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Friday, April 19, 2013

Being Actively Engaged in Living

"They are mad, who make no account of riches, health, freedom from pain, and integrity of the body, nor take any care to attain them."

Seneca's Epistles, cxxiii, sec. 3.

"The wise man will not love wealth, but yet he will prefer to have it. He will receive it into his house, though not into his heart, not rejecting it, but controlling it, and willing to have larger opportunities for virtue."

Pliny's Epistles, vi, book i, sec. 2.

"In poverty there can be no virtues but perseverance and self-respect, but wealth gives a free field for temperance, generosity, economy, industry, and magnanimity."

Chrysippus, quoted in Plutarch's Morals, Goodwin's Ed., vol. iv, p. 437. 
 
 Many people when first reading about Stoicism stumble with the term "indifferent".  The Stoic teachers all taught that Virtue and the pursuit of living a virtuous life was the appropriate lifelong goal for an individual.  The idea of certain things in life as being neither intrinsically bad or good is where the term "indifferent" in a Stoic sense came from.  Once again our English language and the common vernacular has twisted the definition and use of the term to mean that someone is emotionally detached and disengaged from any given situation.  Much like the term Stoic (often used to mean a person who is detached and unemotional) the concept of indifference has become one of detachment and someone who is callous or incapable of empathy.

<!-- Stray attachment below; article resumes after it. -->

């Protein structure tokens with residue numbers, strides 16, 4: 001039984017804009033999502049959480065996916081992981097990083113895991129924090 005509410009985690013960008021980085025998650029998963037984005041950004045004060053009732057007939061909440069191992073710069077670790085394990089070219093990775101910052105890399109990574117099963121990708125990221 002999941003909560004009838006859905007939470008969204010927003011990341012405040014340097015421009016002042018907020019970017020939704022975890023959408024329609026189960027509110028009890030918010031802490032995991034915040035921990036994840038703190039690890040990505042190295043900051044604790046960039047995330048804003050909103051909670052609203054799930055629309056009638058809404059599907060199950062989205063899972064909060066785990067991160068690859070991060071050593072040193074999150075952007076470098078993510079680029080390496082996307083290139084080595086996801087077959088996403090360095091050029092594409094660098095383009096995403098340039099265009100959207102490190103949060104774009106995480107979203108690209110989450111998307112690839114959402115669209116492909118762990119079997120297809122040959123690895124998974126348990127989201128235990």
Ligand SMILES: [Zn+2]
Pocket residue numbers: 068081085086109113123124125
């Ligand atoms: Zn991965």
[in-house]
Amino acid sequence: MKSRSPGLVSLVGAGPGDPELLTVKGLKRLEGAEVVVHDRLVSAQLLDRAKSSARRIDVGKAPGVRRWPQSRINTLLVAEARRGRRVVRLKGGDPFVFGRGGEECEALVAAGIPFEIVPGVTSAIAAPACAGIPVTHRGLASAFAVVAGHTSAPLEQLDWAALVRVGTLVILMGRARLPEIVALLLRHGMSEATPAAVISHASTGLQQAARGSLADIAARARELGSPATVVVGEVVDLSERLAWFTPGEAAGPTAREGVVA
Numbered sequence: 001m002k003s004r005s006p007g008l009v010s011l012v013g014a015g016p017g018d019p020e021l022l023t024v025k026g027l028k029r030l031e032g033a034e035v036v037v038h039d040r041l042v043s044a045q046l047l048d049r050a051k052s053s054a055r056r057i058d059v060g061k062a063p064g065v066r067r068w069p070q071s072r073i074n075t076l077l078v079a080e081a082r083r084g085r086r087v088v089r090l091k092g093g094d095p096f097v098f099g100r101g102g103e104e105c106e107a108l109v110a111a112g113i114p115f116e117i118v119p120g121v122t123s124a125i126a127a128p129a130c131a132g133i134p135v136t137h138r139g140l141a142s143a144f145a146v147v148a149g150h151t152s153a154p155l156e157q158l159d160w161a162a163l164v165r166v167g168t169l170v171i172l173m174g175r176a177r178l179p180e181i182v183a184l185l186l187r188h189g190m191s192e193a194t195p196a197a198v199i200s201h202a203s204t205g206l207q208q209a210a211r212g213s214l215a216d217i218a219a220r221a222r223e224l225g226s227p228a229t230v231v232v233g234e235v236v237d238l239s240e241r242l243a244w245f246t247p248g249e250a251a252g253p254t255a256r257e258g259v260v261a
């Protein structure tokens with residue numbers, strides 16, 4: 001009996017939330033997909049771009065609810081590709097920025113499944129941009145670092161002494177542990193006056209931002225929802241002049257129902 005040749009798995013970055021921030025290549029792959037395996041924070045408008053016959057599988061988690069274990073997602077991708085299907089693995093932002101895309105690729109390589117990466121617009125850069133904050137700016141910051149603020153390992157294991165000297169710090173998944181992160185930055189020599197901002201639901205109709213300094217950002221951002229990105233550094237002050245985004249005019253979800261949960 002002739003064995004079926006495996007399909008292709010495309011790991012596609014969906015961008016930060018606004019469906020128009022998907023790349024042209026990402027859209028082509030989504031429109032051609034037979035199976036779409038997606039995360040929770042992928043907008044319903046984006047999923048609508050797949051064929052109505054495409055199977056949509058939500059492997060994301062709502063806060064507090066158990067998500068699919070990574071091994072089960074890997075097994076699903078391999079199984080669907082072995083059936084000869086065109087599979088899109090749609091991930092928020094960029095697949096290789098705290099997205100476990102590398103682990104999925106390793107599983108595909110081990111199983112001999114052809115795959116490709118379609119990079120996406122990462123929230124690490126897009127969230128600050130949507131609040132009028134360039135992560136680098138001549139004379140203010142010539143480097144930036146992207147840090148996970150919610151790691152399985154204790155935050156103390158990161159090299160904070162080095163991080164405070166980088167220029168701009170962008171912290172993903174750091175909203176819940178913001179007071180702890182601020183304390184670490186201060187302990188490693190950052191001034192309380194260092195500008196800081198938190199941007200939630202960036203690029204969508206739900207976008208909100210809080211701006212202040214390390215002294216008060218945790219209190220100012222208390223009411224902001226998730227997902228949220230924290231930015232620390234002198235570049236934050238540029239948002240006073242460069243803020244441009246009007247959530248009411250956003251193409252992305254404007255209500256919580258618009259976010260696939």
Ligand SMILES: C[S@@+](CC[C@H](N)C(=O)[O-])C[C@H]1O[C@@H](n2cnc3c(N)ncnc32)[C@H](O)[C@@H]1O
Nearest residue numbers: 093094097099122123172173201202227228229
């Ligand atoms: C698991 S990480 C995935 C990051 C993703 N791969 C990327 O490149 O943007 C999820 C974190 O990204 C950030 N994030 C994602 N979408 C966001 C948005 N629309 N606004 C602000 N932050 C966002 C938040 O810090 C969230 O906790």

The Stoic teachers listed the Indifferents as influences in our lives that cause us to neither be morally good or bad, i.e. wealth, health, etc.  One can certainly live a virtuous life without wealth but it sure helps life be more comfortable and charitable giving becomes much more possible.  The pursuit of indifferents is NOT the definition of a "good life".  Our society's emphasis on success, money, health, etc. , quite often at the expense of morals, is not a healthy or balanced outlook.  Stoicism allows us to do all that we can and to realize that anything beyond our best efforts is "beyond our control".  We pursue excellence in character and moral fortitude as our life goals.  We surround ourselves with beloved family and friends and measure them far greater than any wealth that we might acquire.  Their witness of good character and a contemplated and deliberately lived life is all the witness that I wish to have at my memorial service.  That I have lived and left this world a better place for having been here is my lifelong goal.